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I million birds from 80 species identified in first phase of bird census held in TN

Chennai, Jan 30 (BPNS)

The first phase of the Tamil Nadu Bird census that was carried out on January 28 and 29 have revealed the presence of about one million birds from 80 species.

The census carried out at Point Calimere, Valinokkam, Dhanushkodi, Thoothukudi, and Kanniyakumari revealed a large number of several species of birds with Flamingos having a major presence. More than 20,000 flamingos were detected from Point Calimere, Valinokam(10,000), Dhanushkodi (2000), Thoothukudi( 2000), and Kanniyakumari( 600).

Forest officials who were involved in the bird census told BPNS that the heavy rains that the state received during 2020 and 2021 have resulted in the presence of a large number of birds. A senior wildlife officer said,” The heavy rains of 2020 and 2021 have nourished the eco-system leading to the migration of shorebirds to nesting sites in Tamil Nadu”.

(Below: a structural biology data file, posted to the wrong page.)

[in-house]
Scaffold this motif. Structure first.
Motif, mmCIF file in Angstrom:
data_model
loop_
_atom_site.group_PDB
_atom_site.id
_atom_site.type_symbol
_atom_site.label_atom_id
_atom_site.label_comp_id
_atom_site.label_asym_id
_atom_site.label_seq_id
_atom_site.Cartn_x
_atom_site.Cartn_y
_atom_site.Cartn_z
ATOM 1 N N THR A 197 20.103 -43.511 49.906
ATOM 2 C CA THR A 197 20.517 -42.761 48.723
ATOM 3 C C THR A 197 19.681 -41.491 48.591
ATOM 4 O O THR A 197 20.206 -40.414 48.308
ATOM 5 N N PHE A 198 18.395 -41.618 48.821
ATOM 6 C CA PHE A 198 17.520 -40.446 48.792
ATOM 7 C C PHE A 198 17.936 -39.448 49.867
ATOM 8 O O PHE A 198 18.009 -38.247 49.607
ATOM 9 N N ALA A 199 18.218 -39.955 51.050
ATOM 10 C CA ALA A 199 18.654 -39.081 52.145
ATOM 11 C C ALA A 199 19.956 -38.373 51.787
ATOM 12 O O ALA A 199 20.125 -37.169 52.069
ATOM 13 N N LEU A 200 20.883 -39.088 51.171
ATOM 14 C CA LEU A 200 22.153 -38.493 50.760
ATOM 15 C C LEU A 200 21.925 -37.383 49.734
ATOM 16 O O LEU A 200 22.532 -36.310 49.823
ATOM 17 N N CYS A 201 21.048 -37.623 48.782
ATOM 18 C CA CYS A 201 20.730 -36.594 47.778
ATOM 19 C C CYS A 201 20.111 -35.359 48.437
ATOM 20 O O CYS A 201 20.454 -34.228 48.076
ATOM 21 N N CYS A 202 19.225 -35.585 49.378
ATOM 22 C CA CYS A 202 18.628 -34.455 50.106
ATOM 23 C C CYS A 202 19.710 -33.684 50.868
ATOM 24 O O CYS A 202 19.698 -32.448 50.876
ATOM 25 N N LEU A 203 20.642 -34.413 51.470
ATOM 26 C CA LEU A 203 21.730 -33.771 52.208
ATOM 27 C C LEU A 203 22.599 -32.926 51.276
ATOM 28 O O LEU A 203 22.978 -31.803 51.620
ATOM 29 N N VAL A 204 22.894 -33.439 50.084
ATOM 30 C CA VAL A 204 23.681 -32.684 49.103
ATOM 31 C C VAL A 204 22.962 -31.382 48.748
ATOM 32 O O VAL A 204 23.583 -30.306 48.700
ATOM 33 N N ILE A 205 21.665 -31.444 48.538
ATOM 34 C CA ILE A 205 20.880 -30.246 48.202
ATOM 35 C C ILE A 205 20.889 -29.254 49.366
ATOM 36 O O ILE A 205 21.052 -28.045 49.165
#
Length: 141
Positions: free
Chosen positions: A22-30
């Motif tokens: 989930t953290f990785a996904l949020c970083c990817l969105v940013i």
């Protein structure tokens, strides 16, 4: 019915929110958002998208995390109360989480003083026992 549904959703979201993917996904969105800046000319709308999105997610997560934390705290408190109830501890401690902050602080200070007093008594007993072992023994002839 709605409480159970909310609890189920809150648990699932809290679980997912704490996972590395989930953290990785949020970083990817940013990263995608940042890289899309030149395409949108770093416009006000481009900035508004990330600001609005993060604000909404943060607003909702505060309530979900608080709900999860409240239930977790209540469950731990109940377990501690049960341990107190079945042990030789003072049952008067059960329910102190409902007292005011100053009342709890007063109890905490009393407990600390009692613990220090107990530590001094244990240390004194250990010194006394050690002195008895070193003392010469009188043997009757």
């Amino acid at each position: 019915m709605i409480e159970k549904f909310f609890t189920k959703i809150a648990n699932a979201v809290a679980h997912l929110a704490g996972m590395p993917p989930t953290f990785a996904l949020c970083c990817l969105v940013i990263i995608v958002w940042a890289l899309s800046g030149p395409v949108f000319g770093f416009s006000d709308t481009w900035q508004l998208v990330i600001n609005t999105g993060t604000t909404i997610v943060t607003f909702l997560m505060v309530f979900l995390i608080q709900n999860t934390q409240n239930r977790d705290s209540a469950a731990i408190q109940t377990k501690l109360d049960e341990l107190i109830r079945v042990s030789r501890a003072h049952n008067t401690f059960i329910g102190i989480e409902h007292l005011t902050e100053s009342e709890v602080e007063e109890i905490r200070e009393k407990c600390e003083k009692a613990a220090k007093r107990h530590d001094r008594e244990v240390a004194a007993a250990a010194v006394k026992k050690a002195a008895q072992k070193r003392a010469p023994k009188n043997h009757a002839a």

Several uncommon species like Eurasian Curlew, Whimbrel, and Ruddy turnstone were detected at Point Calimere, Pichavaram, Kaliveli Lake, Thoothukudi, Ramanathapuram, and Adayar Creek. In addition to this common species like Marsh Sandpipers, Lesser Sand Plover, Redshanks, Great knots, Spotted Redshanks were also found in large numbers at these points, the wild like official who was leading a team told IANS.

World’s longest non-stop flying BIRD, bar-tailed godwit and ruddy turnstone, and the highest-flying bird,  the bar-headed geese were recorded in large numbers during the two-day synchronized census.

Major duck congregations including northern pintails, northern shovellers, Eurasian wigeon, and garganey were also spotted during the census, the forest department officials said.

The two-day synchronized bird census was conducted by the Tamil Nadu forest department in association with the Bombay Natural History Society (BNHS). Wildlife Institute of India (WII), Salim Ali Centre for Ornithology and Natural History (SACON). Wildlife department said that 45 civil society groups, NGO’s and ten colleges and universities participated in the two-day bird census.